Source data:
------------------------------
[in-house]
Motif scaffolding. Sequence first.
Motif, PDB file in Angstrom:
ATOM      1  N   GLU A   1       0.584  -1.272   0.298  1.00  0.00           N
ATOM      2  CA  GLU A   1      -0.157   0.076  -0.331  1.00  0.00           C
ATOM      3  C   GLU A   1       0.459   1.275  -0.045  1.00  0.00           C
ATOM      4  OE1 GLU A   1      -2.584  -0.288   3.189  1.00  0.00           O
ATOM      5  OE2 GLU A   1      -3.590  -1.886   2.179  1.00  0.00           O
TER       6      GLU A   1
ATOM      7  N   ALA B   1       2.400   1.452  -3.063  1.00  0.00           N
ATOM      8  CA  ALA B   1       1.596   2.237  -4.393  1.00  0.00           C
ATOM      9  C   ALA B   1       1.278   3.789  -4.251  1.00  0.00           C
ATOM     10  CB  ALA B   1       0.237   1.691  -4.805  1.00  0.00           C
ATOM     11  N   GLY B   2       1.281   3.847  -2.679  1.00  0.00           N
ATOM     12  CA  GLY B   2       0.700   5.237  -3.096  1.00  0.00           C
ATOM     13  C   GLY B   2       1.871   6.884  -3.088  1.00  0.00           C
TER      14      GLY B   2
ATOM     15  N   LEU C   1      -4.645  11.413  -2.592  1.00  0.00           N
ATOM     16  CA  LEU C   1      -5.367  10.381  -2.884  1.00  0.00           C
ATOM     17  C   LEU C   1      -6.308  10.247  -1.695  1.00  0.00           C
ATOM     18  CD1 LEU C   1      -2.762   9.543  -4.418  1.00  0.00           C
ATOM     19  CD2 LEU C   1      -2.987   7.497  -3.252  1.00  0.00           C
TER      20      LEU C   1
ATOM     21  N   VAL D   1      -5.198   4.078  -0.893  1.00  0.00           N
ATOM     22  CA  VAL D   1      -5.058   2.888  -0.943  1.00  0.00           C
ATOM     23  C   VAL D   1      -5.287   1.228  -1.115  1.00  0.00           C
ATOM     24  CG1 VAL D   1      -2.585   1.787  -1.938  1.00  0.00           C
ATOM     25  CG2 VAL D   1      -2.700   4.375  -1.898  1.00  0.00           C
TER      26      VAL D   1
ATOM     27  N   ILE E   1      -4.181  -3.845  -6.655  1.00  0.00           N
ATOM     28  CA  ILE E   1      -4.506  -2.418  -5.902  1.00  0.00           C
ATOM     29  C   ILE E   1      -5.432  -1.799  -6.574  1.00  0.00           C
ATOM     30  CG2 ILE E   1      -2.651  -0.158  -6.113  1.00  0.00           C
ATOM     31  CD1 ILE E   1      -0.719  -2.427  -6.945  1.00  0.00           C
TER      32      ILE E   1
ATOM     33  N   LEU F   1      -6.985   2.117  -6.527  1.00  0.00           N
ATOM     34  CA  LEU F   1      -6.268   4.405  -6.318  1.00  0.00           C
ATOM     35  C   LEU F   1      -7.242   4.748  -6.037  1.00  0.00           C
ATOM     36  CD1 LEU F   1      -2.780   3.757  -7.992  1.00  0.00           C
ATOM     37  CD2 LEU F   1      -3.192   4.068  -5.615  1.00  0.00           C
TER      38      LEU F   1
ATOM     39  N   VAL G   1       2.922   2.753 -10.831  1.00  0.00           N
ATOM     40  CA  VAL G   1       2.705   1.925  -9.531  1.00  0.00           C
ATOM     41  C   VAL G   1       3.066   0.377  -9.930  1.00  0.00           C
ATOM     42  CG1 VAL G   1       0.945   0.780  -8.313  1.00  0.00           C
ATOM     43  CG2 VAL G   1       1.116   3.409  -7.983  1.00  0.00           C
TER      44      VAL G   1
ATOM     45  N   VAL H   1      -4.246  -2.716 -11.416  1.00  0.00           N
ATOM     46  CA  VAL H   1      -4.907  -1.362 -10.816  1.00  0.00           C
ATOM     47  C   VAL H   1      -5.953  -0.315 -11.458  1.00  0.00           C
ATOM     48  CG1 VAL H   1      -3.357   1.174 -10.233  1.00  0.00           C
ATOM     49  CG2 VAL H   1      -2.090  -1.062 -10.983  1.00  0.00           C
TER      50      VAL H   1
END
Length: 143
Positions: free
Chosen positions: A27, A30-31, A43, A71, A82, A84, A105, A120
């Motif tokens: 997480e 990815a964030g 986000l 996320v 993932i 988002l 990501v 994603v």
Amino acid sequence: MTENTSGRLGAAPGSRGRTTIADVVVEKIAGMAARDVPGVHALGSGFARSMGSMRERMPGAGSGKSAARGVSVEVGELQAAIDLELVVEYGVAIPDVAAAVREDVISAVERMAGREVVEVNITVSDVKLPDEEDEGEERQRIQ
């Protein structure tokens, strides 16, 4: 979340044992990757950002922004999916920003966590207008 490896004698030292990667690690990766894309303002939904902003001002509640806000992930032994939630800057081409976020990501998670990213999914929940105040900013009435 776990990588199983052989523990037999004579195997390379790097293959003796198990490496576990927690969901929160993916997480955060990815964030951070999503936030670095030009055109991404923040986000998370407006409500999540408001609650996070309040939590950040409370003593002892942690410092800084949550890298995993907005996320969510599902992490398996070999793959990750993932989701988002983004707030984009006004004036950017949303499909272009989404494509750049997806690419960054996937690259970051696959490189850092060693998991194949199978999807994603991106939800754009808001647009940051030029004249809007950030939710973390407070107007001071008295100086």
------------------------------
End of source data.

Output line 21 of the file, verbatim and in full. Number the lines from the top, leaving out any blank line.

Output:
ATOM     18  CD1 LEU C   1      -2.762   9.543  -4.418  1.00  0.00           C